Area merchants see increased sales of old favorites
It's not a Monopoly, but ghosts from Christmas past are captivating the attention of shoppers this holiday season. Can you guess their names? Sorry! Time's up. Here's a Clue: at some point in your Life, you've probably played with...
It's not a Monopoly, but ghosts from Christmas past are captivating the attention of shoppers this holiday season.
Can you guess their names?
Here's a Clue: at some point in your Life, you've probably played with one.
If you took a Risk and guessed board games, please pass "Go" and collect your $200.
As people flocked to stores Friday, the traditional start of the holiday gift-buying season, managers at some local toy stores said no single toy or gadget stands out as the must-have present this year.
That's helped low-tech perennials blossom in a way they haven't done in years.
Board games like Operation -- "Take out wrenched ankle" -- and old-time favorites such as Lincoln Logs and Chinese Checkers are again racking up sales.
"Retro toys are huge," said Todd Sawrey, store director at Toys R Us, in Fargo.
"Tinker Toys, Care Bears ... I really believe that parents want to see what they experienced when they were children in their own children's eyes," Sawrey said.
Sawrey, the father of two boys ages 8 and 10, said he's happy to see games he enjoyed as a youngster are still around.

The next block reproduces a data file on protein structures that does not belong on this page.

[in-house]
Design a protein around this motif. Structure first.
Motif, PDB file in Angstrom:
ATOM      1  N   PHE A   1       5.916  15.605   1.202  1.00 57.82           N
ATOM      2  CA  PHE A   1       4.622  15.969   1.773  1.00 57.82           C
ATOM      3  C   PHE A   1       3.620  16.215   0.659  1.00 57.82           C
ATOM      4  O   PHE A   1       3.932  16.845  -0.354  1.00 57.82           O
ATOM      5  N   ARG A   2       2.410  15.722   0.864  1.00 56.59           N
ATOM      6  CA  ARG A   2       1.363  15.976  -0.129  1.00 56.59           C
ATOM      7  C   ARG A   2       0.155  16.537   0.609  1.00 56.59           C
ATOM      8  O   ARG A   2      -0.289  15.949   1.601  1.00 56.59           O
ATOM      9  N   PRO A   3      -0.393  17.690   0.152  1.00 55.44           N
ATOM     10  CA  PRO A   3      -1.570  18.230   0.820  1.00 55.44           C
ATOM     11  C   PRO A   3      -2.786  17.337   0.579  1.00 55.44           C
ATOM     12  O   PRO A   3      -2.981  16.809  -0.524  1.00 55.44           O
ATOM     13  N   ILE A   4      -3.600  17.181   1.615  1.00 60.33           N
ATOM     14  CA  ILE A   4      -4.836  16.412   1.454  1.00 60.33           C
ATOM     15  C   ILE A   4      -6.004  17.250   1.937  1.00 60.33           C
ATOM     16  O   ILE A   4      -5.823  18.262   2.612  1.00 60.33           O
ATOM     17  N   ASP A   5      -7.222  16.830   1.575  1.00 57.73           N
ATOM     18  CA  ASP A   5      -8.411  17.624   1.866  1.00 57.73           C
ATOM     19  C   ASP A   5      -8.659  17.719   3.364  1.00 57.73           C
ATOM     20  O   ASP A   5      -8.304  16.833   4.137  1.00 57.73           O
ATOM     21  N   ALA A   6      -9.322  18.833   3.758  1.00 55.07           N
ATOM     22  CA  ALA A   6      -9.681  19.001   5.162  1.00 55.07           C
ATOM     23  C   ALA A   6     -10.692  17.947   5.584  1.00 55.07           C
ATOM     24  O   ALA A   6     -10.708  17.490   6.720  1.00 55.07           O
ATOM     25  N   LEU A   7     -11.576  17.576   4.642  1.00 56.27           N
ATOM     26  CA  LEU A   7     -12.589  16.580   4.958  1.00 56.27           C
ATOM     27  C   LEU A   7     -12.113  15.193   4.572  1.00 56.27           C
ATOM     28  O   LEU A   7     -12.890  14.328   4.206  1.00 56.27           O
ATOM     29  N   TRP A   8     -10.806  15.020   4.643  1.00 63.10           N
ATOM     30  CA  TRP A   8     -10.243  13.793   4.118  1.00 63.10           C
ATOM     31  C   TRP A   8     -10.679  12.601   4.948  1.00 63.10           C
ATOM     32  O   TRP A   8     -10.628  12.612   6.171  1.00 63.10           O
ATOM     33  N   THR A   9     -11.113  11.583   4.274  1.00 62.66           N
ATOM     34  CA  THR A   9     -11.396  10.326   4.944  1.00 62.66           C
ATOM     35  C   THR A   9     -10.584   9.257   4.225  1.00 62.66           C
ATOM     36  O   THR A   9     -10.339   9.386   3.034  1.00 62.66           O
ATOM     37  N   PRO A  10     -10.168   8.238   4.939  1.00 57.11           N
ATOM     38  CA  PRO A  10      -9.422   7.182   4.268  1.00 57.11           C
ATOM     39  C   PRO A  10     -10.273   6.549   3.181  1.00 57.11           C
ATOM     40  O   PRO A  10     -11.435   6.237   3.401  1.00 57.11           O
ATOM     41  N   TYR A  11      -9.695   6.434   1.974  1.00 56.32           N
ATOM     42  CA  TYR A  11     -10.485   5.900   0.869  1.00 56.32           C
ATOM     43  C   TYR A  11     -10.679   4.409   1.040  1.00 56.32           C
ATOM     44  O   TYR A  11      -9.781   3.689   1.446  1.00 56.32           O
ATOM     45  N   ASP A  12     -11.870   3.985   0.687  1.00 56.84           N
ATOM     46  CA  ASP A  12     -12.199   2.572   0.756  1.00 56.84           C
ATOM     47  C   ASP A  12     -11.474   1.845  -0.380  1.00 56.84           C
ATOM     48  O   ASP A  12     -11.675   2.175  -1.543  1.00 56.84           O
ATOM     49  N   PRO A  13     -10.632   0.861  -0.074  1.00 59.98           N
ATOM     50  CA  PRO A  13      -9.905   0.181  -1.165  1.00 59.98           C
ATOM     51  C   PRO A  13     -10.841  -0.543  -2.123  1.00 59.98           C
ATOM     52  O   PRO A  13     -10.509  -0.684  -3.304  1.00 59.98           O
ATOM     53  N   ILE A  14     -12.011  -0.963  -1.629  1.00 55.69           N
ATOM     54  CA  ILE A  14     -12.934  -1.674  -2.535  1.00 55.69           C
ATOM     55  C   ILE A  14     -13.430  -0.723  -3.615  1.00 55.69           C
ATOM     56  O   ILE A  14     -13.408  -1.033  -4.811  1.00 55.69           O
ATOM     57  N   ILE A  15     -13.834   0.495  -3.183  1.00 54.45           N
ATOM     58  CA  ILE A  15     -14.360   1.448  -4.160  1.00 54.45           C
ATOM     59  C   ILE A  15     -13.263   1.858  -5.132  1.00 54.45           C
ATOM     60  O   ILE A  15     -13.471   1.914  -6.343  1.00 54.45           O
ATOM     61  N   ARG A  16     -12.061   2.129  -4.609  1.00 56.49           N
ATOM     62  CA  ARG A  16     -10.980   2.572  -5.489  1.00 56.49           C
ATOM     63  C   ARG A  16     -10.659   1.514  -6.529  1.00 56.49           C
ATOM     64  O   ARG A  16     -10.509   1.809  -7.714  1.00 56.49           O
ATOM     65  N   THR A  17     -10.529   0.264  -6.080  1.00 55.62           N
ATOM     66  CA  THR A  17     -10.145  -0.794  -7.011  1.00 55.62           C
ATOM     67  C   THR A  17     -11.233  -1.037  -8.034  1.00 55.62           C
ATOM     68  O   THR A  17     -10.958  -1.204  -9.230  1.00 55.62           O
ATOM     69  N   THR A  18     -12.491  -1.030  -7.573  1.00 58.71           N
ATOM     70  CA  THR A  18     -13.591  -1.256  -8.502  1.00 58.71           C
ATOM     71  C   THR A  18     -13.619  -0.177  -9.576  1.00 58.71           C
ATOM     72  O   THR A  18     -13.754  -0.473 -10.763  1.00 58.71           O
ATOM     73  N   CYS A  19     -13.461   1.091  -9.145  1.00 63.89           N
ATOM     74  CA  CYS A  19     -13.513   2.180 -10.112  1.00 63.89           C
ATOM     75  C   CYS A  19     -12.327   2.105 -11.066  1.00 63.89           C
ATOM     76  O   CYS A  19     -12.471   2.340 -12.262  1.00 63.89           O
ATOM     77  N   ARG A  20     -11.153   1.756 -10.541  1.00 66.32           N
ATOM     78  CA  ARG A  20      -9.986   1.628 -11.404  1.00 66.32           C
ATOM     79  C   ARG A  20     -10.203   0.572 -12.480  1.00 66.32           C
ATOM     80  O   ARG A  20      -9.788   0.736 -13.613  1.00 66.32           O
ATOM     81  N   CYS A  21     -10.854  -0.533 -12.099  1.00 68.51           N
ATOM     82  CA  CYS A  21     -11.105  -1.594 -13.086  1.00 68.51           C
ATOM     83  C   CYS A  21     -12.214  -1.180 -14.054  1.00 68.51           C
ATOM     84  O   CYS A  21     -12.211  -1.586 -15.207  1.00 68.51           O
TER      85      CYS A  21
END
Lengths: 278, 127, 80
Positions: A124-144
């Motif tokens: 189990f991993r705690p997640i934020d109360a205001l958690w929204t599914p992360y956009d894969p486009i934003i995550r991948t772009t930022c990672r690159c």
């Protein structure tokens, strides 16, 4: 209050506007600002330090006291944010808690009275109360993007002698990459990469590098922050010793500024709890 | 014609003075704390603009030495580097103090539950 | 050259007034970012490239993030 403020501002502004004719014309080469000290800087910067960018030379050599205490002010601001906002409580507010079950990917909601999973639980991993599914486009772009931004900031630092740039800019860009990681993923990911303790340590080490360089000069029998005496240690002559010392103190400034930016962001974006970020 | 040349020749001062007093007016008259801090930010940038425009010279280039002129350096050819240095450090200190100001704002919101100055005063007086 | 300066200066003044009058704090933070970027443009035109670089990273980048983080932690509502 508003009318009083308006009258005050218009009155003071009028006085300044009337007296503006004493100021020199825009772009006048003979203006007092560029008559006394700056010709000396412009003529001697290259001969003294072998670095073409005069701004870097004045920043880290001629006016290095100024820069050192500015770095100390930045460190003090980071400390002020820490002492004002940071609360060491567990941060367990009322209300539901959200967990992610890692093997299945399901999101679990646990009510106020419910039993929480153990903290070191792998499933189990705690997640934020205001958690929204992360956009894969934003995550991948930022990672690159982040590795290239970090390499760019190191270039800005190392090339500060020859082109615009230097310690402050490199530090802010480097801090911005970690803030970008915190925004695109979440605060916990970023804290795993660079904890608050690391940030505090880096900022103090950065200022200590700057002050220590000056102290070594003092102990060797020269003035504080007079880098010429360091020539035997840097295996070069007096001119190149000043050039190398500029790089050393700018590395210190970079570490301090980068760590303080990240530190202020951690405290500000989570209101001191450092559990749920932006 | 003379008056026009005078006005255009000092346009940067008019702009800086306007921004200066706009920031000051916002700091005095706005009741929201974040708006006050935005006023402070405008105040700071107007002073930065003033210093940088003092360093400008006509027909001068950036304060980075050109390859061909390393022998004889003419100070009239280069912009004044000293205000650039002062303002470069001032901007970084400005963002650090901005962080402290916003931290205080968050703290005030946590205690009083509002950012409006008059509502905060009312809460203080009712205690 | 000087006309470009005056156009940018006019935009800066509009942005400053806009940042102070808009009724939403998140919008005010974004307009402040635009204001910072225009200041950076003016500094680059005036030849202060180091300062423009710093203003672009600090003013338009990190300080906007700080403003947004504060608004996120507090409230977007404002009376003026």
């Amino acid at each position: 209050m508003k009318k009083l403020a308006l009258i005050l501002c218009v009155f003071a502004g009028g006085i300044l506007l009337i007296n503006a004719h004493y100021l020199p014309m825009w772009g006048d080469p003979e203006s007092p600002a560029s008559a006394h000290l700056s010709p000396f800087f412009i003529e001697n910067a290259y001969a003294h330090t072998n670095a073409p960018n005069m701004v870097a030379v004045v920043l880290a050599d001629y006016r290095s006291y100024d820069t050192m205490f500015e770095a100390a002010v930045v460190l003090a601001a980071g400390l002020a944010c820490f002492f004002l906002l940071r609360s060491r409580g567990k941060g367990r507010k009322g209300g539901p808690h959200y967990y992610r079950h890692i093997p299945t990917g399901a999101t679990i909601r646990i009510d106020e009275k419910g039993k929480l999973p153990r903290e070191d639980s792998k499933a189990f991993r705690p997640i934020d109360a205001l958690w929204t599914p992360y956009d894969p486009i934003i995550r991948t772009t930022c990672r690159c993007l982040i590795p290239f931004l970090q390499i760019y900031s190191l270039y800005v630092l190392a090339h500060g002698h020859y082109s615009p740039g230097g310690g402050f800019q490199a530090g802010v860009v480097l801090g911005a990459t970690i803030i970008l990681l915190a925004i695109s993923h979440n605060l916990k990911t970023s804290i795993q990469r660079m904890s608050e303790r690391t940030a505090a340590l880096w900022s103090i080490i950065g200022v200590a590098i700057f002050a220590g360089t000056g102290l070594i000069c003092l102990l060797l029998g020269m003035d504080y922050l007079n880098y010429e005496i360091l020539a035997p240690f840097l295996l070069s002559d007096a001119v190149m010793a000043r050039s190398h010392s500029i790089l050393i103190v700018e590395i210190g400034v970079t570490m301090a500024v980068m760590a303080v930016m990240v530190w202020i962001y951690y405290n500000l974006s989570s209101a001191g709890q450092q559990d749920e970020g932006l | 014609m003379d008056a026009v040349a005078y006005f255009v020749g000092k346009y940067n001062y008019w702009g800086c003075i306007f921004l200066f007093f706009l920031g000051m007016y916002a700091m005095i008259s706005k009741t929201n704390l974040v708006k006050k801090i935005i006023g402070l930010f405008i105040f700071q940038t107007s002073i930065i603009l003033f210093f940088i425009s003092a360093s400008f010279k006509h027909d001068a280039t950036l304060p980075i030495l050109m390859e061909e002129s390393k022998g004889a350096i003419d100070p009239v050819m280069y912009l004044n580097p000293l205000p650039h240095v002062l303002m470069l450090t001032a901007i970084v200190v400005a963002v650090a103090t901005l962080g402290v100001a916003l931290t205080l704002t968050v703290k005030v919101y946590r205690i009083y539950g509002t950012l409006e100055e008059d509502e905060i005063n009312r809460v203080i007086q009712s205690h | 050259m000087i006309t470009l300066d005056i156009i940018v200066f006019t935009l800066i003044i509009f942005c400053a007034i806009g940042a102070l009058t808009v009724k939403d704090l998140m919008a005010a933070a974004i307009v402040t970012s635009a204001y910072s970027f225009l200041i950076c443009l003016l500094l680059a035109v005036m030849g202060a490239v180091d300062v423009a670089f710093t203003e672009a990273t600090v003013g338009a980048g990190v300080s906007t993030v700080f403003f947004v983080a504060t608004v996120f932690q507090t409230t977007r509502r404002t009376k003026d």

"I started out with Stratego and then I went to Risk. I love Risk," Sawrey said, referring to a global domination game that, by its popularity, proves there's a little Napoleon in all of us.
Sawrey said demand for flash-in-the-pan items is usually driven by parents intent on buying whatever toy is perceived to be hot.
"Last Christmas we had scooters floor to ceiling," he said. "Now we hardly carry them."
In the long run, Sawrey said, children decide if a toy lasts -- Kerplunk, for example, is now marketed as a classic -- or fades like a Furby.
"Generally, the life of a toy is two years, tops," Sawrey said. "If your toy gets beyond five years, it becomes a staple."
Chuck Chadwick, manager of the Moorhead Kmart, said nostalgia isn't necessarily to thank for some old toys finding new friends.
"Young people are rediscovering that kind of stuff," he said. "They think it's being made for them.
"There just seems to be a sense of family renewal," he said. "I think people are staying at home more."
A group of Kmart executives recently toured the store and were amazed at how fast low-tech items were leaving the shelves. "Who thinks of that stuff?" he said.
"I'm almost pleased there are no hot toys," Chadwick added, recalling when Transformers took the toy world by storm some years back.
"People were knocking us down," he said. "We would have drawings to see who had the privilege of buying it at full price."
Mary Lund, of Ames, Iowa, was checking out the craft fair Friday at Moorhead's Center Mall.
Lund has already purchased Christmas presents for her three sons, ages 4, 6 and 8, and they include toys she knew as a child.
The list, she said, contains things like Legos, Tinker Toys and Lincoln Logs, which came uniquely packaged in a cylindrical storage bin.
"They still come that way." Lund said.
Readers can reach Moorhead Bureau Chief Dave Olson at (701) 241-5555